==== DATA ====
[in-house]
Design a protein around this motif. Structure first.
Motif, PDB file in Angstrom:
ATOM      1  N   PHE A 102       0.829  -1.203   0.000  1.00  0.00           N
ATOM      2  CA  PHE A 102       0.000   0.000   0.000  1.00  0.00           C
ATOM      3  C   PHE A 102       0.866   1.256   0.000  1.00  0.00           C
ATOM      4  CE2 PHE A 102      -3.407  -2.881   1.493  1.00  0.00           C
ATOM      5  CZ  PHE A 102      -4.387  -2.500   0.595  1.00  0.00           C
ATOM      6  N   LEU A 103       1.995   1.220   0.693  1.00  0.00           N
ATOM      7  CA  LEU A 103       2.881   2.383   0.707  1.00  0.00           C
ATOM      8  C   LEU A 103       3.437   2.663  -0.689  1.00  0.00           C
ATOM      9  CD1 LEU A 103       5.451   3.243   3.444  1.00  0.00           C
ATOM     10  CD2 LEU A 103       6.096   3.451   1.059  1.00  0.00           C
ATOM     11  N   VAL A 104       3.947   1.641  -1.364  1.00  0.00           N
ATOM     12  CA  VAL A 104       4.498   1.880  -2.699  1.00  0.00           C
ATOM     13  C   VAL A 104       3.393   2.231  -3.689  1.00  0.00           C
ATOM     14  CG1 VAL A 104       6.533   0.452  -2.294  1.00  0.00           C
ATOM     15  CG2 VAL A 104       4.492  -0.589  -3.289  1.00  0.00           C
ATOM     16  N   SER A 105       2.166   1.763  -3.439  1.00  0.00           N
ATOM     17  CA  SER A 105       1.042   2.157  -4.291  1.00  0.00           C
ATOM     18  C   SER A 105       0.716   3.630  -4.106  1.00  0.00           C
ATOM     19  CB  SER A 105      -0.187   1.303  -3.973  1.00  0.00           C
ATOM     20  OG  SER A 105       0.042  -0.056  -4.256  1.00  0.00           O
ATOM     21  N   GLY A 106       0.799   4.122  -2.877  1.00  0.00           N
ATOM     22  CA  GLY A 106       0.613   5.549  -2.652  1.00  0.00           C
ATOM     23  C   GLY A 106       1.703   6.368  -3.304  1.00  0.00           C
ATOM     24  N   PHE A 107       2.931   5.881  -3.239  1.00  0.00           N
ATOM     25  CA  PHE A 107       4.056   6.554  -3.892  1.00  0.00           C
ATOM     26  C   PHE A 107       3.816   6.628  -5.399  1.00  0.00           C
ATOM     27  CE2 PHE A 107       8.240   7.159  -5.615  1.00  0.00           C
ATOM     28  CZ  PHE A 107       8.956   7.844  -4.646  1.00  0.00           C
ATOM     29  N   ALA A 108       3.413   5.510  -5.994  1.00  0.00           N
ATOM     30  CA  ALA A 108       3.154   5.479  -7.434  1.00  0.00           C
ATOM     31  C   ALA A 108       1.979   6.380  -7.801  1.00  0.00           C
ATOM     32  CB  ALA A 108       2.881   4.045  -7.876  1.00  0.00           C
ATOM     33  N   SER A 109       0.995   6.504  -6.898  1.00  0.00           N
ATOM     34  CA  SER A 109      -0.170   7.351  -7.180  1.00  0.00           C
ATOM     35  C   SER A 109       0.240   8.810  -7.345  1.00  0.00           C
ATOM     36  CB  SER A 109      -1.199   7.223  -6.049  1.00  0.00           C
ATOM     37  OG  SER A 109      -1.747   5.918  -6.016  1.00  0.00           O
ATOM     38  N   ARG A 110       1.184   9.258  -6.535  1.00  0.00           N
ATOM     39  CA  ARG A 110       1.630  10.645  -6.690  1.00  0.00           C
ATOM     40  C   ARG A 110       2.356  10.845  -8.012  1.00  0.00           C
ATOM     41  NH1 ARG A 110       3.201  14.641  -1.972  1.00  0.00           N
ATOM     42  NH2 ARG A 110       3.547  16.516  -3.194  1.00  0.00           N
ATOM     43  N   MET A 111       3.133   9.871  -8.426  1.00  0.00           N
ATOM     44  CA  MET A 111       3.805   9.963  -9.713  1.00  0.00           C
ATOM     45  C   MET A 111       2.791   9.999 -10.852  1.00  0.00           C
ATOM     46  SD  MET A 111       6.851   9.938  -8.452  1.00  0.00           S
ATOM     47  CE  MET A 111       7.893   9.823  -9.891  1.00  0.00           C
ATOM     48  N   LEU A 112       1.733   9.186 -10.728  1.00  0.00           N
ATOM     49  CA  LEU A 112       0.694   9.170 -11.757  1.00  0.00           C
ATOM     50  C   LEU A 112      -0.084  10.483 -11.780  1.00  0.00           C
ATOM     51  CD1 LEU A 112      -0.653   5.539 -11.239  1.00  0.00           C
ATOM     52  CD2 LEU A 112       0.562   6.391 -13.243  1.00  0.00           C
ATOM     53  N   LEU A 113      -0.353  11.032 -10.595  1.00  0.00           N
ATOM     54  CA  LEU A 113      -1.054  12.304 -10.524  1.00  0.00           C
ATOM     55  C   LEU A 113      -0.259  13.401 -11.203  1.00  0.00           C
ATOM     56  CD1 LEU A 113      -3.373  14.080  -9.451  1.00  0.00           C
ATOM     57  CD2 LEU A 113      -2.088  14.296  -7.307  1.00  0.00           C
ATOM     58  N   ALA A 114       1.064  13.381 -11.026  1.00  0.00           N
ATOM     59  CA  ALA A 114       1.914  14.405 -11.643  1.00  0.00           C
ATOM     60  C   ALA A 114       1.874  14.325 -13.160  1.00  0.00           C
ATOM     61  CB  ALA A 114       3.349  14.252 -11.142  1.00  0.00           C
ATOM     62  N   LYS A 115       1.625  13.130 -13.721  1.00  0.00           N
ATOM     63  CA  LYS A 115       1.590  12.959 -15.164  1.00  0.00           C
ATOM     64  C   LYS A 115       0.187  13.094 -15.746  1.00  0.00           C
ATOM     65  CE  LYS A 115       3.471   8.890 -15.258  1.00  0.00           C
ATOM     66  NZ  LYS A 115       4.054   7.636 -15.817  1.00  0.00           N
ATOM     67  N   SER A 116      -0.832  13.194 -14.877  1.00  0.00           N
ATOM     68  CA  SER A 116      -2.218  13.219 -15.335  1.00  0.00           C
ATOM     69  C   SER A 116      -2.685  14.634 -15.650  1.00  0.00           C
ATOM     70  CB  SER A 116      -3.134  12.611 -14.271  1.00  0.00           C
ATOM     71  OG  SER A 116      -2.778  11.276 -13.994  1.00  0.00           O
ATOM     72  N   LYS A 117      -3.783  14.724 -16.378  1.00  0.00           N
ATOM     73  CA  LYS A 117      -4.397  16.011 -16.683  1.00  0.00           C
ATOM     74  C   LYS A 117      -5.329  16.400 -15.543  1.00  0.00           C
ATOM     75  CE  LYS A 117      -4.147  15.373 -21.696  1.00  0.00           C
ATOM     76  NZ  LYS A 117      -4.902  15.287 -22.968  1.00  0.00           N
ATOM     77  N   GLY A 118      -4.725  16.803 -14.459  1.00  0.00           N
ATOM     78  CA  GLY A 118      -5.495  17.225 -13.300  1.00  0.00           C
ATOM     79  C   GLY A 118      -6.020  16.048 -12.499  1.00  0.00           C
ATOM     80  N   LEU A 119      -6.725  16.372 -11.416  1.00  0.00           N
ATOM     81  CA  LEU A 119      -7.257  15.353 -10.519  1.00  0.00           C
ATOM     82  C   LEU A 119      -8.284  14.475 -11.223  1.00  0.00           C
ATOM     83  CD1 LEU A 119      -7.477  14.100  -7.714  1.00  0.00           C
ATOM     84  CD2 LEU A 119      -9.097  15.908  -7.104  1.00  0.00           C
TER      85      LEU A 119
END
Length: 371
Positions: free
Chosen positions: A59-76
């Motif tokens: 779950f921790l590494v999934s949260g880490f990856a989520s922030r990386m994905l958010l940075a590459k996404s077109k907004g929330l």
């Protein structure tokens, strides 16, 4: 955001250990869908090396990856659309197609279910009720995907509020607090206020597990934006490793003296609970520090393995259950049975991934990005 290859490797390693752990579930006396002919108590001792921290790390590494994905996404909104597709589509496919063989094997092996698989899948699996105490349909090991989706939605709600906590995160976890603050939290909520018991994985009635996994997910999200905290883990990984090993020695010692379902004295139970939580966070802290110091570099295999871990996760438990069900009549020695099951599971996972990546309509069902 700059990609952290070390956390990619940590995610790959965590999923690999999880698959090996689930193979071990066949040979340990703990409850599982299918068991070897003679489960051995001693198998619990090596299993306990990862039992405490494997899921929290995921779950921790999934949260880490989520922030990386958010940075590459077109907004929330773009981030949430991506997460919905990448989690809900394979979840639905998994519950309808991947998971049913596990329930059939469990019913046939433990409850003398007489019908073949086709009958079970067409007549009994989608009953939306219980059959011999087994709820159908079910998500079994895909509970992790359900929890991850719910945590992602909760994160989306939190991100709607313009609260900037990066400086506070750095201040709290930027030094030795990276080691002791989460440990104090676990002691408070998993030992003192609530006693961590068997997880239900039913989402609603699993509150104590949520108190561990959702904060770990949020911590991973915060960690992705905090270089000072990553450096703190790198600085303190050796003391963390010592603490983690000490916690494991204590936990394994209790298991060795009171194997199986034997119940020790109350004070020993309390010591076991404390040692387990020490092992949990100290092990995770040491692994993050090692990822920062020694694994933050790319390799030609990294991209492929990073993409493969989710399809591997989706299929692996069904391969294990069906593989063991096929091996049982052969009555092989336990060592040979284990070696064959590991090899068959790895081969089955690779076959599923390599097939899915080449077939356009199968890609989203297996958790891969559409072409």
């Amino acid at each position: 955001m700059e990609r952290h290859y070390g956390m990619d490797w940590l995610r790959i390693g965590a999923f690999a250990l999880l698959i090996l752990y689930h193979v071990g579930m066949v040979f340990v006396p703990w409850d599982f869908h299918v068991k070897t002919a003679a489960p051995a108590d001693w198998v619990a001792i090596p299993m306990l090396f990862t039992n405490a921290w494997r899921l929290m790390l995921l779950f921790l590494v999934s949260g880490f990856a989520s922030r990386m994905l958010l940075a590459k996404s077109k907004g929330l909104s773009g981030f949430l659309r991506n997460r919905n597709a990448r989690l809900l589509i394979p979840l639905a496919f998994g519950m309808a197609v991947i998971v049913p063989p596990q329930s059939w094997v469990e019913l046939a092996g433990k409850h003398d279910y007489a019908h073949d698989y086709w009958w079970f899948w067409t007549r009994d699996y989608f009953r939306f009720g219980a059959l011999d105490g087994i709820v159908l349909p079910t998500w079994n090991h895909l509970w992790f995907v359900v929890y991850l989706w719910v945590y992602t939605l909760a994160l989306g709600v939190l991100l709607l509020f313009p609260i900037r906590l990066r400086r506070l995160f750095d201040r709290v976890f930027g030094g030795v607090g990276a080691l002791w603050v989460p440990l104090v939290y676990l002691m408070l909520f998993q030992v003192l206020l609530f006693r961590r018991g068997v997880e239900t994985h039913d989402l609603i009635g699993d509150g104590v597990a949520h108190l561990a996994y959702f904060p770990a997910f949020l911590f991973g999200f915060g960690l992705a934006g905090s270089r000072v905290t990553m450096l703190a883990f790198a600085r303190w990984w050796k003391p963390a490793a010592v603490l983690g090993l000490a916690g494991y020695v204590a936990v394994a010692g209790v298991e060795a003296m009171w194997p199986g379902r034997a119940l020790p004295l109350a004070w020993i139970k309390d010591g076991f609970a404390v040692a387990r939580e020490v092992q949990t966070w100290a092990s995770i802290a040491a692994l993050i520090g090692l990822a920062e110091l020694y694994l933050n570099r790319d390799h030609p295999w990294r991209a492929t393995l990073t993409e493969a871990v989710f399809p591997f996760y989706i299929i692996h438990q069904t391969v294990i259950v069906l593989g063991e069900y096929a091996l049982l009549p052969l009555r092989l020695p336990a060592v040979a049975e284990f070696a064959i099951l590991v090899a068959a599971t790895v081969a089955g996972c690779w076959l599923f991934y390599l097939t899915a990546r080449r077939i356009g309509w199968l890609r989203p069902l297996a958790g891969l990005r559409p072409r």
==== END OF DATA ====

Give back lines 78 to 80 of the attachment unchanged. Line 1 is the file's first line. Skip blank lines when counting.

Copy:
ATOM     75  CE  LYS A 117      -4.147  15.373 -21.696  1.00  0.00           C
ATOM     76  NZ  LYS A 117      -4.902  15.287 -22.968  1.00  0.00           N
ATOM     77  N   GLY A 118      -4.725  16.803 -14.459  1.00  0.00           N